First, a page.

It was winters when my body released blood for the first time. I remember the warmth of the sweet pudding mother cooked in celebration. Father invoked the Goddess, ringing the bell. Mother chanted ancient prayers. I ate the pudding. My initiation into womanhood. Sweet.
For Sudha’s daughters, it wasn’t like this. In fact there was an undercurrent of tension. Palpable. Real. Their negotiation was no longer with the web of relationships in the village. Or in the interior spaces of family, of home. Sudha and her daughters had to deal with the mega city. The streets of an impersonal Metropolis. To which their only relation was that as a body, of a woman.
“I came to Delhi as a newly wed, a big purdah covering my face. I had never stepped out of my village in Bihar. And here was this big city! So many strangers, such huge buildings! I felt small!” recalls Sudha.
In the 20 odd years Sudha has been in the capital of India, Delhi, it has expanded exponentially. Gobbling many small towns, many villages. Simultaneously, it has witnessed a terrifying escalation in violence.
“Delhi is huge, porous. From the surrounding areas of western UP, Haryana, Rajasthan, criminals come. They commit a crime. Go back. Within hours. Arms, drugs, chain snatching, even cattle theft.” These words are of Shyam (name changed), a private investigator.
In his late 40s, he has grown up understanding the criminal mindset in and around Delhi, assisting the Delhi Police in many major cases.
‘Freedom of the night’
In a gang rape that took place in 2010 in a moving truck in South Delhi, the clue to the suspects was a ten rupee note.
Shyam says, “The rapists gave it to the woman, so she could go back home. The note was folded like a ‘parchi’, a slip, characteristic style of the people from surrounding region of Mewat.They had come into the city to steal cattle. In this highly criminalised scenario, a woman’s body is just an object of desire. Throw money, get her. If not, then use force.”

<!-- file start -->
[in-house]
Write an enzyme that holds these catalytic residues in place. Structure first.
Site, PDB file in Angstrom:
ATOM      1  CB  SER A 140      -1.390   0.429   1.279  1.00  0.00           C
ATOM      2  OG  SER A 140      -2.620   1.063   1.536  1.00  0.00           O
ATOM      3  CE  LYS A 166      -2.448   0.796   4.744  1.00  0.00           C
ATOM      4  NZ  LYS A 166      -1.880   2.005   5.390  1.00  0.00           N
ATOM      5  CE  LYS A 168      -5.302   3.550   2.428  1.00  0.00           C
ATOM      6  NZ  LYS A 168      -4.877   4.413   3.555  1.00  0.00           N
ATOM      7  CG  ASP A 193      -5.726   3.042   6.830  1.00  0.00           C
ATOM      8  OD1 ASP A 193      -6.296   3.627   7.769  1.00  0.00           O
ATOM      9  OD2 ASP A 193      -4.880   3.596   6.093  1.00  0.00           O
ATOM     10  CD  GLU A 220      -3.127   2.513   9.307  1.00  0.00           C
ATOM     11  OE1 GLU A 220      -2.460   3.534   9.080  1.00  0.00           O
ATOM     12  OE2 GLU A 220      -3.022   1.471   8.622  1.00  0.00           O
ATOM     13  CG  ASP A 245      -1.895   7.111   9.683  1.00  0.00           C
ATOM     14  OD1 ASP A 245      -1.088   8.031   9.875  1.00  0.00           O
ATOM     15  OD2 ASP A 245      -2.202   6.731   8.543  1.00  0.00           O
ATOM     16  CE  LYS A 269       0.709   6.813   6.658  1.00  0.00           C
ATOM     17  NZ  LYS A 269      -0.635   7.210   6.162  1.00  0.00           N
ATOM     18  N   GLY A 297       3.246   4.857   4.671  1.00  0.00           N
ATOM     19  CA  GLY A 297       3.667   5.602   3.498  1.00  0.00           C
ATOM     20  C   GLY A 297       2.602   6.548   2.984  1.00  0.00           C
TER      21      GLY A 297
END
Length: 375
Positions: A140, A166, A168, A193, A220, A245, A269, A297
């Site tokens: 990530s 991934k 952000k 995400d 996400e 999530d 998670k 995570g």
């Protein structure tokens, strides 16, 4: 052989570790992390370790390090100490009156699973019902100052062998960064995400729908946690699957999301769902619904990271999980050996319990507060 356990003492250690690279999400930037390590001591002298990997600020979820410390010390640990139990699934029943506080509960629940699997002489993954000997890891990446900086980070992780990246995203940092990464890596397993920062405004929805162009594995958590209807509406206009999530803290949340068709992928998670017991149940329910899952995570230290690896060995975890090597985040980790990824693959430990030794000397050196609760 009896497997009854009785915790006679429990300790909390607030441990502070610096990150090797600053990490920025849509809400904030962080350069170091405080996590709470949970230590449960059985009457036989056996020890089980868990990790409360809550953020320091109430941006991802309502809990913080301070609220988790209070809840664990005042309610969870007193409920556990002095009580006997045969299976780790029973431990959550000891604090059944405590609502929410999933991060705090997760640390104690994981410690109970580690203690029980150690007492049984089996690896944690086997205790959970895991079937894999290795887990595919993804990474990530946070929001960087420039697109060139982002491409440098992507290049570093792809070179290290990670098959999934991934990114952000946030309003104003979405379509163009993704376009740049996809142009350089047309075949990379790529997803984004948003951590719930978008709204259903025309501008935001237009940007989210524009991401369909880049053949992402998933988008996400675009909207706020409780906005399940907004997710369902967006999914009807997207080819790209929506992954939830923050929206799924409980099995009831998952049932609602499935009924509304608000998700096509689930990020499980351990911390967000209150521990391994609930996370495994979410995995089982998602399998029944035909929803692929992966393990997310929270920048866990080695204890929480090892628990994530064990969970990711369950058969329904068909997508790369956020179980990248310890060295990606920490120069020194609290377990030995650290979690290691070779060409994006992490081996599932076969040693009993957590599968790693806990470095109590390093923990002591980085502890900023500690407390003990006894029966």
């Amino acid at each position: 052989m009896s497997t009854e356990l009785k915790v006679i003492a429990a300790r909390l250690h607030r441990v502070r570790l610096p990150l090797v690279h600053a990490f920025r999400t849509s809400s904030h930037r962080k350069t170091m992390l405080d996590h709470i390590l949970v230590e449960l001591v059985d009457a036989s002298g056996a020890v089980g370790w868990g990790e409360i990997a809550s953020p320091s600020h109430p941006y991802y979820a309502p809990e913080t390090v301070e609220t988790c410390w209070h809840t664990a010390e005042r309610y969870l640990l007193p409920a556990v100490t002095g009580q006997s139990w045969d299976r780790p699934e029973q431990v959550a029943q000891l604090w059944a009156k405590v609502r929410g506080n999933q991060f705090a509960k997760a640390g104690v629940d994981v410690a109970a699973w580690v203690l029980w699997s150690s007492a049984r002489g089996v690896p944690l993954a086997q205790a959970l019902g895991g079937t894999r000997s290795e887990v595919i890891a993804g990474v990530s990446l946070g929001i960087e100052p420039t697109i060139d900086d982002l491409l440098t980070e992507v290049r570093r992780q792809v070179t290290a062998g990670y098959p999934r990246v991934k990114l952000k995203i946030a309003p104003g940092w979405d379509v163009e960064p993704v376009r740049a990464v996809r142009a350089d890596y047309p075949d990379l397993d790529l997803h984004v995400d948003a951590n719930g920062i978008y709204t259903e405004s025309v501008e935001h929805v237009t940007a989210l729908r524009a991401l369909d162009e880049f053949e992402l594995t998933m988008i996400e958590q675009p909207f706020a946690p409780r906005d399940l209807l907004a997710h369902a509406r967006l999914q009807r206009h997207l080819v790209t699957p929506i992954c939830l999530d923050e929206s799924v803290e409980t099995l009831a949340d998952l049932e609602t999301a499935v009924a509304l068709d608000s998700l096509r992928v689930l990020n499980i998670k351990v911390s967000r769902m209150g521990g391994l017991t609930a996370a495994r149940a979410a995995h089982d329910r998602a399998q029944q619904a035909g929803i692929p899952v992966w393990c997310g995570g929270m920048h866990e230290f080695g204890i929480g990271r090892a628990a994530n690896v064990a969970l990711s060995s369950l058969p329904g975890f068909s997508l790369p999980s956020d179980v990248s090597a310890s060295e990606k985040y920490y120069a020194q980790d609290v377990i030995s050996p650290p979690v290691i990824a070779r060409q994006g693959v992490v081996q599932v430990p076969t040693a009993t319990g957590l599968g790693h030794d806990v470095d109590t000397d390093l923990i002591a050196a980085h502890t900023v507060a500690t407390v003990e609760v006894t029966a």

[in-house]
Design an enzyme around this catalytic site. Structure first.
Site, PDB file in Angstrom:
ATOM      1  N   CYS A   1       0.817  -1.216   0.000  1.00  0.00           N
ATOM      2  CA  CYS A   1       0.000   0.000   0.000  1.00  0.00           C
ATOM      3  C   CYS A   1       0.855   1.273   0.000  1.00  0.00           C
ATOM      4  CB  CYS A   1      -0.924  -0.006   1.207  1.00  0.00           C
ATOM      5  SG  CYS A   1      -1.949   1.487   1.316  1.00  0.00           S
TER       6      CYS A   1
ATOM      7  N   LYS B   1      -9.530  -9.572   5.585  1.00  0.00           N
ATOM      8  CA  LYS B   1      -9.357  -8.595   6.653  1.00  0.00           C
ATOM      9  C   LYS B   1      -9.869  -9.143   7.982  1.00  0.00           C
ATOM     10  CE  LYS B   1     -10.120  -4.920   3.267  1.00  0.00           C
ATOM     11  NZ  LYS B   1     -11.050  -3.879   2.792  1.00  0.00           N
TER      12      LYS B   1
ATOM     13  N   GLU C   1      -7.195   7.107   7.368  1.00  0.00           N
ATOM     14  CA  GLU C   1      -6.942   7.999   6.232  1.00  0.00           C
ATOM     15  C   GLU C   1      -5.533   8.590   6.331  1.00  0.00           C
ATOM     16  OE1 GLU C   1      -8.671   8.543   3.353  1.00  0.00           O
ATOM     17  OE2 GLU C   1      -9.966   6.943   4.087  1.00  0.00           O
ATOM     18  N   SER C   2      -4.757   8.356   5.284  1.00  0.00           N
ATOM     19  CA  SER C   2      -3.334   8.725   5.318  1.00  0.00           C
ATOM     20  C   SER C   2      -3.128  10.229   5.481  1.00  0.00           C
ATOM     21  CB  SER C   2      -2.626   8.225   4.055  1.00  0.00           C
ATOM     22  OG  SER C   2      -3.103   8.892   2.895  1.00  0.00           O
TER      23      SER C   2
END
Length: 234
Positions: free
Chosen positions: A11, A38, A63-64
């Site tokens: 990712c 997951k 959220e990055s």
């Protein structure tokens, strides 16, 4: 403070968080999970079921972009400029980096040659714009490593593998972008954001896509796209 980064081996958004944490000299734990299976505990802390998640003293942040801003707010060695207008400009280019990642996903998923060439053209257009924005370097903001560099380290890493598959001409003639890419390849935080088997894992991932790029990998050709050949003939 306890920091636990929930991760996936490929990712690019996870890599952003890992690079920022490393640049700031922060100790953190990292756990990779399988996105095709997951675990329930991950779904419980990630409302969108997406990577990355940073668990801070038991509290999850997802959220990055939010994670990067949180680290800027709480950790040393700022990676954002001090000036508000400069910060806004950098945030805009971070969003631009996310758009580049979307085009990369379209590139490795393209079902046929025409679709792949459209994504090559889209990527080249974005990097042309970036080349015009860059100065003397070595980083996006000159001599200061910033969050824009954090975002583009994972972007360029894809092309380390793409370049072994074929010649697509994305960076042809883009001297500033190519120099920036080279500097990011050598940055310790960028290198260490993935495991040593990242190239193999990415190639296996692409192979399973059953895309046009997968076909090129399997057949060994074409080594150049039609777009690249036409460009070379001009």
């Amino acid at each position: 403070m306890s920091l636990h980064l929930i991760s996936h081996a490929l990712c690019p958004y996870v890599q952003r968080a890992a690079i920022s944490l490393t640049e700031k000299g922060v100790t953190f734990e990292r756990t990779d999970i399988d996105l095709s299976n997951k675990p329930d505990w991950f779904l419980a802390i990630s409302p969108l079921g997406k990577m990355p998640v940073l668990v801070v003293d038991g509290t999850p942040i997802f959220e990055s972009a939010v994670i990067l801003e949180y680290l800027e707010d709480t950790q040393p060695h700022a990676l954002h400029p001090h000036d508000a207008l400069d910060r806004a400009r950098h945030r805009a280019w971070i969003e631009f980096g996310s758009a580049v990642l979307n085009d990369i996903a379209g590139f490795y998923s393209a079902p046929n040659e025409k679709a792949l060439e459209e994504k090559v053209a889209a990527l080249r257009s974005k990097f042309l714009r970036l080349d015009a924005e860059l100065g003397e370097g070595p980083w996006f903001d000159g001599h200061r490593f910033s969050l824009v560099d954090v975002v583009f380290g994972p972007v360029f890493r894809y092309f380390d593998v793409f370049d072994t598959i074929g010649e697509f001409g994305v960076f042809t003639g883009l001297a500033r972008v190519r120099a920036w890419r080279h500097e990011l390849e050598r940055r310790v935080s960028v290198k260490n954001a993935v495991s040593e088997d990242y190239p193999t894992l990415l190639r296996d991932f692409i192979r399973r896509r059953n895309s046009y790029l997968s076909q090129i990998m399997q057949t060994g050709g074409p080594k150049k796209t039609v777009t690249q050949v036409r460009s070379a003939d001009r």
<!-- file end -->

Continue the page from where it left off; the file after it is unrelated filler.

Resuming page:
|Sudha Jha lives in Govindpuri[Akanksha Joshi/Al Jazeera]|
Sudha Jha lives in Govindpuri. The biggest slum in posh South Delhi. Dark narrow lanes. No sunlight. Over 20,000 households with people from different cultural regions of North India. Multi-storied houses. Crammed, one upon the other. A large population of young men, most not educated. Looking for work that is hard to find. Waiting. For the freedom the night offers.
As the sun sets, many shops pop up. Selling substances that make them forget, if only for a while. Sudha narrates, “The other evening I was walking with my daughter, one of these boys tried to touch her. I don’t know from where, didi[sister], but I got the courage! I took out my sandal and started thrashing him. Then I dragged him to the police station. How much can we tolerate, no? Its important to act ourselves.”
The urban challenge in Delhi is not just the fear of rape or murder. It is the everyday violence. In words, gestures, touch.
“The norms which held the society together are breaking down fast. The anonymity, the individualistic nature of modern urban life makes such violent expressions easier,” explains Ashis Nandy, India’s eminent sociologist.
To every challenge, there comes a response. For many dealing with violence, creative responses start emerging. Increasingly, many women in Delhi are finding their own language to deal with this challenge. And it begins, from the body.
I am out on the streets with Rajani Kumari, 17, photographing her and a few of her friends. Inside she had been laughing, but suddenly, as she steps on the streets, her face changes.